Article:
Rand Paul's Post-Racial American Problem
If Rand Paul is in for 2016, he's going to have to face the sins of his father.
We're about a month away from the 2014 midterm election and already the national media is talking about 2016.
Profiles of Rand Paul, the Hillary plan, and even buzz of Mitt's redemption. It's on.
In the spectre of each candidate rests one significant problem. None of them know how to talk about the racial problems facing this country, historical or contemporary, and now they think they don't have to.
With the election of Barack Obama, American media introduced the concept that we have become a post-racial America, as if electing a Black president had solved the nation's history of problematic race relations.
Now that classification - post-racial America - has given mainstream politicians, Black and White, liberal and conservative, an opportunity to ignore the systemic racism that continues to inform decision making, public and private, across the nation, and in places like Erie.
Rand Paul faces, perhaps, the greatest challenge in this regard because of the sins of his father.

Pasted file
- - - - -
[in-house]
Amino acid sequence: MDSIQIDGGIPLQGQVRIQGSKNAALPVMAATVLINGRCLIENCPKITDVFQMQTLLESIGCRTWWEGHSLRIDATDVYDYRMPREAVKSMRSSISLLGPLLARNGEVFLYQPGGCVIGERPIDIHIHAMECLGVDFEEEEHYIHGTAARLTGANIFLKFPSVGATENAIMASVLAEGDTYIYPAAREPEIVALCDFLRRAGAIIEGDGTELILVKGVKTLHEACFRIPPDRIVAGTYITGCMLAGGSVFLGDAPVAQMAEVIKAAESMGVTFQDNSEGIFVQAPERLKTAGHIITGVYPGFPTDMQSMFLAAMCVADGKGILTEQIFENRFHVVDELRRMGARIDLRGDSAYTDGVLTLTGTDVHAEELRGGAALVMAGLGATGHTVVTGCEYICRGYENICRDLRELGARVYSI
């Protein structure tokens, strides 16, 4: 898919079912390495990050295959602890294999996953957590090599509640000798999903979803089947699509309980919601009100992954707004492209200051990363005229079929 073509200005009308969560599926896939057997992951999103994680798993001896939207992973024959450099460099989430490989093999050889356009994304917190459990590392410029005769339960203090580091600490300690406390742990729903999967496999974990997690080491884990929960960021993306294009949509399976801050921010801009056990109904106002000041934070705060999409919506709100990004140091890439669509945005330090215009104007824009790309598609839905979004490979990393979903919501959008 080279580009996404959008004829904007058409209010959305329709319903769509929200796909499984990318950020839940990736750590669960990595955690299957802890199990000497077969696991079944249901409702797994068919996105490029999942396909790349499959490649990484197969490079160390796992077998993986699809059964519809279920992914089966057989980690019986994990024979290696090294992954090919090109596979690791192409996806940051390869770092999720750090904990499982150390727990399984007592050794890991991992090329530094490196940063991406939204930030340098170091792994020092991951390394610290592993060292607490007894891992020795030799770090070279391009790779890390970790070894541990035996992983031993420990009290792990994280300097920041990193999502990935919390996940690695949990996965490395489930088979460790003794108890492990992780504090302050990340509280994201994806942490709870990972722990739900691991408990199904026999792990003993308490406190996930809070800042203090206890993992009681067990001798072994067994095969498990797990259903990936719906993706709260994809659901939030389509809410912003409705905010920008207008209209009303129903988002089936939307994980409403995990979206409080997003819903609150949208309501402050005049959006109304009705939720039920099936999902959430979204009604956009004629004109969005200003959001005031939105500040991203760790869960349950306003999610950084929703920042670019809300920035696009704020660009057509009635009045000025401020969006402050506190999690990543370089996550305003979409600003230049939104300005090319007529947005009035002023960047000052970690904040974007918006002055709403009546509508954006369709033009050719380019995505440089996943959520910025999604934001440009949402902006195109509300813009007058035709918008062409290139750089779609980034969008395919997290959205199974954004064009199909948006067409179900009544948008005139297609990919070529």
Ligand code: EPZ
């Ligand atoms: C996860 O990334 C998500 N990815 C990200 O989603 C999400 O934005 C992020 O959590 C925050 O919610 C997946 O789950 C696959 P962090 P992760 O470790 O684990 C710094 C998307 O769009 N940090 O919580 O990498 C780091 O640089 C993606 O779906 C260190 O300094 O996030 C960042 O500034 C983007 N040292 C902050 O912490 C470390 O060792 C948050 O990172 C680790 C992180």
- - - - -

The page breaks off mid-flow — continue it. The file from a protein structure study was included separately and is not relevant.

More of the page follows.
A new profile published in TheNew Yorker titled "The Revenge of Rand Paul" outlines the various ways that Rand Paul is attempting to, at once, embrace and resist, his father's legacy.
In the 1980s and 1990s, former Congressman and presidential candidate Ron Paul published a series of newsletters that "frequently included racism, bigotry and conspiracy theories," according to factcheck.org.
Rand Paul supported his father and his authorship of the letters until, the elder Paul denounced the newsletters when he began his presidential campaign in 2008 and claimed that it was the work of a ghostwriter.
But Rand Paul, like his fellow candidates, will claim that we - as a nation - have moved past such discussion. We are, he will say, the beneficiaries of a post-racial America.
For most Americans, this explanation will not work. It's part of a larger brand that aims to move Paul from the libertarian wing of the Republican party toward its more moderate vote gaining center without pissing off the Right-wing fringe of the party that seems to control the party message.
His message is still in the works, but it's clear that his libertarian roots have all but been buried alongside the notion that America has reached a unified racial present.